What if Endometriosis Was a Men’s Health Issue?

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Jordan Davidson
As a health journalist and a co-founder of Endo Warriors, a support organization for women with endometriosis, I often get asked “what is endometriosis?”

Which is funny since it is estimated that 176 million women worldwide have endometriosis and yet no one knows about this global health issue.

Sometimes I say “it’s a secondary autoimmune disease where the lining of the uterus is found outside of the uterus and throughout the abdominal cavity — to varying degrees — causing chronic pain and infertility.

And other times I say “it sucks.”

Nancy Peterson of the ERC said “If 7 million men suffered unbearable pain with sex and exercise and were offered pregnancy, castration or hormones as treatment, Endo would be a national emergency to which we would transfer the defense budget to find a cure.” And, I don’t disagree.

If 7 million American men had unbearable pain every time they ejaculated, no one would ever suggest chopping off their balls. If they went to a health clinic that also offered pregnancy prevention services, we wouldn’t shut those clinics down. If 7 million American men were in pain every time they masturbated, urinated or tried to have sex we wouldn’t tell them “it’s all in their head” or “to take the pain like a man.”  No, we would listen and try to find them a cure that didn’t include castration or drug-induced de-masculinization.

But that’s not the case.

Instead we have 7 million American women with chronic pain related to the tissue in their uterus and their menstrual cycle. 7 million American women who have pain before, during and after their menstrual cycle. 7 million American women who experience pain while exercising, having sex and going to the bathroom. So we offer them chemical-menopause and hysterectomies and when those don’t work we throw our hands up in the air and say “well, at least I tried.” Better luck in your next life, perhaps you’ll come back as a man.

The menstrual cycle is the butt of all jokes directed towards women. Bad day? Is it your period? Is Auntie Flo in town?

Seeing red? Are you on the rag?

No, actually I’m just mad that the idea of healthcare for women makes people want to cover their ears and run screaming.

Free birth control for women?

Great idea!

That is until some political pundit insinuates women should just learn to shut their legs.

Maybe instead we should learn to listen to the myriad of women on birth control for issues beyond planning pregnancies. Maybe women should just get easy access to low cost birth-control without having to recite their medical record.

October is health literacy month and when it comes to health literacy, Americans are kindergartners trying to eat the paste off their fingers.

We think Obamacare and the Affordable Care Act are two different things; getting outraged at the notion of Obamacare yet think the idea of ‘affordable’ healthcare is quite nice.

Access to low-cost health care for everyone? Let’s shutdown the government!

Rather, if we want the government out of our private healthcare, then how about they get out of our uteri as well?

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4 Comments

  1. There are conditions men get at higher rates that cause all of that stuff and what is said we wouldn’t get told is exactly what we are told. Other is far less research research in it having had to have surgery over one of the problems we can get I take personal offense to the implications of sexual favoritism medically in this article when its the other way around. How many men even know what a urologist is let alone have a huge number of assisted financing to see one. I understand end sucks, I’ve had several gfs over the years with it and I felt horrible for them and did all I could to help but this article just pushed a nerve.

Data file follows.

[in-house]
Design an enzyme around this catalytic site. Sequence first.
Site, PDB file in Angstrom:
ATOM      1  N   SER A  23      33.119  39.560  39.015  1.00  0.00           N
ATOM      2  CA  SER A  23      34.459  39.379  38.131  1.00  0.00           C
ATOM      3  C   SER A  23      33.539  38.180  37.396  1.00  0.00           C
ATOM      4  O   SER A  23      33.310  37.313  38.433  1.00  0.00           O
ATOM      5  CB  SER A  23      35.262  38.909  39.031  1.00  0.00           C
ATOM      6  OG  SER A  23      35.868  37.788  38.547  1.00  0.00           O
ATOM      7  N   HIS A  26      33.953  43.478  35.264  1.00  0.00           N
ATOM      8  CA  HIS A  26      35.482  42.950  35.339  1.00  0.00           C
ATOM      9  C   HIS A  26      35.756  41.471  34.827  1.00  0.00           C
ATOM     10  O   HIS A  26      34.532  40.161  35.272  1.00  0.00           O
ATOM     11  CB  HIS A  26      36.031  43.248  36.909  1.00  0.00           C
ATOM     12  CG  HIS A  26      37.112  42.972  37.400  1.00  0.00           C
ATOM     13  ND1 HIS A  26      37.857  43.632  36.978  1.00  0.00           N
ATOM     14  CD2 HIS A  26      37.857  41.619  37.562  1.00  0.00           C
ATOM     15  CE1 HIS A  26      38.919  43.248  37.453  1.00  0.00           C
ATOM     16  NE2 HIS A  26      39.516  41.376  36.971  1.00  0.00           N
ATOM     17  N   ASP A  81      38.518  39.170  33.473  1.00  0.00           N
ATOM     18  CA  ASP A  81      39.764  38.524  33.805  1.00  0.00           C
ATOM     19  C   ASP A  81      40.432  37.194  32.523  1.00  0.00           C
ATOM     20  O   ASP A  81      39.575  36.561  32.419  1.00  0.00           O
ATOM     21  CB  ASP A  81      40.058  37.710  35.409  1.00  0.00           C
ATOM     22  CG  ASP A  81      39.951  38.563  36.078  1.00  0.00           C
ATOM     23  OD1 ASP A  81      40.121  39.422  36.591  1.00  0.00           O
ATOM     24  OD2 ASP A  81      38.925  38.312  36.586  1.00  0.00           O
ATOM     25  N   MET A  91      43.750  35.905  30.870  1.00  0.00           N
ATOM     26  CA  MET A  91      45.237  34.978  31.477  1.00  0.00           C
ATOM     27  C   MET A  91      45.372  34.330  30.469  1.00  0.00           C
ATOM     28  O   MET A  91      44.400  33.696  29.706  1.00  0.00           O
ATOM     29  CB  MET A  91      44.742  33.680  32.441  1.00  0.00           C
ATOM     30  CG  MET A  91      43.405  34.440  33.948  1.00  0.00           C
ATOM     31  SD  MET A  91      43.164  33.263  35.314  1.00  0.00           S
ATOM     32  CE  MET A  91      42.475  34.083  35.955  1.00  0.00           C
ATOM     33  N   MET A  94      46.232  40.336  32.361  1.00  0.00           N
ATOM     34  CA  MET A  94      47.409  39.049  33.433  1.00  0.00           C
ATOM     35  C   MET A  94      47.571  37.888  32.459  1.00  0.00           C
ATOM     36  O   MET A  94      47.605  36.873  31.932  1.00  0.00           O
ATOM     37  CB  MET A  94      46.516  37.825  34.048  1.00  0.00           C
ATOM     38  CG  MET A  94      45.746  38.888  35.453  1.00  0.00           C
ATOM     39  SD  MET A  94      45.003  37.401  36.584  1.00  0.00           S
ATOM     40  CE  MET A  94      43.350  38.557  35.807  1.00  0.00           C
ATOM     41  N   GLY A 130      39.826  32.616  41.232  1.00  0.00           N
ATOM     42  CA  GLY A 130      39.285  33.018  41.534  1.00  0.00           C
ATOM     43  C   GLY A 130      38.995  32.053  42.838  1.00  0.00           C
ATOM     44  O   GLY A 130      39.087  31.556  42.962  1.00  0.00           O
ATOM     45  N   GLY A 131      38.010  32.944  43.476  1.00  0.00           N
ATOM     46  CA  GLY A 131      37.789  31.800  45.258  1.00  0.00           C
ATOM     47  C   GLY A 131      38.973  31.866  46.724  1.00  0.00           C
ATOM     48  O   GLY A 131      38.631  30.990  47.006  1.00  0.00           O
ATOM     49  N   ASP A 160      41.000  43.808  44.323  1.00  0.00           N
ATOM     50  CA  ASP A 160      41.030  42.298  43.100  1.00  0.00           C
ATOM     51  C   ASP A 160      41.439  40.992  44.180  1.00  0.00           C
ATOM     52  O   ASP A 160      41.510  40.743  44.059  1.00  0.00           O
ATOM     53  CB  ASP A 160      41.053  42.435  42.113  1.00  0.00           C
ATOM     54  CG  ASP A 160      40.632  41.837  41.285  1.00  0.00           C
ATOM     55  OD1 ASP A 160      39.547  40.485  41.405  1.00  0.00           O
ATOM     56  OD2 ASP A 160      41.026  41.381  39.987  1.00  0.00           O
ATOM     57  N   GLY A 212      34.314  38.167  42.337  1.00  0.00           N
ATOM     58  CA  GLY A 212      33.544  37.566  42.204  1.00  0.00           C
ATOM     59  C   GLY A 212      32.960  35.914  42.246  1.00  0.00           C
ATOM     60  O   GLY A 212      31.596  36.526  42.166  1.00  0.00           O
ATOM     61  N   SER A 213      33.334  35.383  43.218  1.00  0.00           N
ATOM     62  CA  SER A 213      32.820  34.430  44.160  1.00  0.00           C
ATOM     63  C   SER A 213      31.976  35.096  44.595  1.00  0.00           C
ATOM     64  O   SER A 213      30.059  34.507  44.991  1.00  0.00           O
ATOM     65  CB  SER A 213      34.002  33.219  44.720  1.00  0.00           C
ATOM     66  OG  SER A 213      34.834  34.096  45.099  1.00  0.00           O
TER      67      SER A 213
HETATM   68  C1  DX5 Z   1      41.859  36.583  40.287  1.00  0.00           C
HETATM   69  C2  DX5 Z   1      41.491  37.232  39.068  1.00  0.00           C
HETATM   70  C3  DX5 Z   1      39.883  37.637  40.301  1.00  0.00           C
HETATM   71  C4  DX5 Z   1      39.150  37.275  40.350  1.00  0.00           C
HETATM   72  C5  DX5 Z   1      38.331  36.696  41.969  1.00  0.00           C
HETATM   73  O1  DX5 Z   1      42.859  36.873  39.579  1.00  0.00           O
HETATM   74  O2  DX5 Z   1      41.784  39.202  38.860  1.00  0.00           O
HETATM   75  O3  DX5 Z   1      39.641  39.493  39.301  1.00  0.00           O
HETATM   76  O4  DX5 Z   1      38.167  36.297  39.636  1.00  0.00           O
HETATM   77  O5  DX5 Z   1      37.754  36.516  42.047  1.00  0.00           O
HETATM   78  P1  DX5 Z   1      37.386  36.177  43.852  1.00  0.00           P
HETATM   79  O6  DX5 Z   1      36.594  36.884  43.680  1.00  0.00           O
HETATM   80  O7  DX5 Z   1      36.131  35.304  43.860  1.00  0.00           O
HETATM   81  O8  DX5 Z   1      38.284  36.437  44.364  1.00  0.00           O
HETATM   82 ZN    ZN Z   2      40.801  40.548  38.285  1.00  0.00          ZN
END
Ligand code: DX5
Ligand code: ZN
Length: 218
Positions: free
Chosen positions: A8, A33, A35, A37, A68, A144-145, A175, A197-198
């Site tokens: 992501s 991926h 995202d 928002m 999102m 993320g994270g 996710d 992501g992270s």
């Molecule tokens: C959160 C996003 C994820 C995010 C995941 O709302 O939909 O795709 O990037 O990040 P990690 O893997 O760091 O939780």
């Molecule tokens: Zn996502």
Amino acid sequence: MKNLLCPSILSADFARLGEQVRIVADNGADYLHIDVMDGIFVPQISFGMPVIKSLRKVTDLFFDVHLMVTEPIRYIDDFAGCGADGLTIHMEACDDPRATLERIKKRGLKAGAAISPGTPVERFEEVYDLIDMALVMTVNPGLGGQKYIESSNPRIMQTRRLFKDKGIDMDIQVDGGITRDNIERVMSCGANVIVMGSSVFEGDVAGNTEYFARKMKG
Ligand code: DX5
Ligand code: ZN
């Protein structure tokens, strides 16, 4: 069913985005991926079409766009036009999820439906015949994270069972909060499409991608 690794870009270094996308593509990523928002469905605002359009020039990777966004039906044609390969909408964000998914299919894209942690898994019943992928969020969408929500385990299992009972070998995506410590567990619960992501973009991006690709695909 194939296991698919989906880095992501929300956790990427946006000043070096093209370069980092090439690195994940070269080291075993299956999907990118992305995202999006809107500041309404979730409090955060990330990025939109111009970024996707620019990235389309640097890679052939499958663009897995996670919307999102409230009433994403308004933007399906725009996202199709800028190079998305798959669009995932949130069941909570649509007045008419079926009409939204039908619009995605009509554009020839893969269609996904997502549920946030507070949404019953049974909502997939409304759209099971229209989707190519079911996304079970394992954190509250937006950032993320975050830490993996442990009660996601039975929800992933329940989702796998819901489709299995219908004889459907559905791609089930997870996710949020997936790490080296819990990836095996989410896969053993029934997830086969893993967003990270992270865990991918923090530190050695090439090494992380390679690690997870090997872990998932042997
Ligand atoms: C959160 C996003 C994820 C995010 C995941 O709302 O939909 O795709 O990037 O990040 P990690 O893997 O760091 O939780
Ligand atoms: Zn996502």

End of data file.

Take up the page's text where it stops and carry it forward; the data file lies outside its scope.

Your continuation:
2. 7 million women suffering inadequate care for endometriosis is a national crisis that NO ONE seems to recognize. We will highlight it in every way possible to make it more apparent. It is simply true that is 7 million men suffered in this way, it would be on the national agenda. For women it is simply “just her period”, and this kind of dismissal is demeaning, misogynist and inappropriate. It is the same with heart disease, women die at the same rate as men, yet today still some 30 years after highlight that fact, it is thought of as a mens disease. Womens heart health continues to be ignored, deaths and disability occurring due to this ignorance. So it is about them and us, because women are undervalued in so many ways.

    Endometriosis robs their sexuality, their productivity, their hopes, their dreams, and gets little or no real attention. Instead drug companies see them as a huge profit motive regardless of the fact DRUGS DO NOT TREAT endometriosis, instead inflict permanent damage

  3. Why on earth do people like you have to make every thing a them and us situation, I am sure there are many things that men have suffered from for years that are only just starting to be looked at and studied, as there are many things the women suffer from that have been studied for generations, get the chip off your shoulder we all live on the same planet and should be working together to find solutions to the things we all suffer from instead of making it a them and us issue….

  4. The Endometriosis Research Center has long advocated better care for women, and I am a late comer to their organization but a huge supporter of theirs. The executive Director Heather Guidone has given me a forum for my advocacy in so many ways, I am greatful for the opportunity to point out these issues and support their long standing advocacy. But I am only a small part of the ERC. Appreciate the authors showing light to these very important issues

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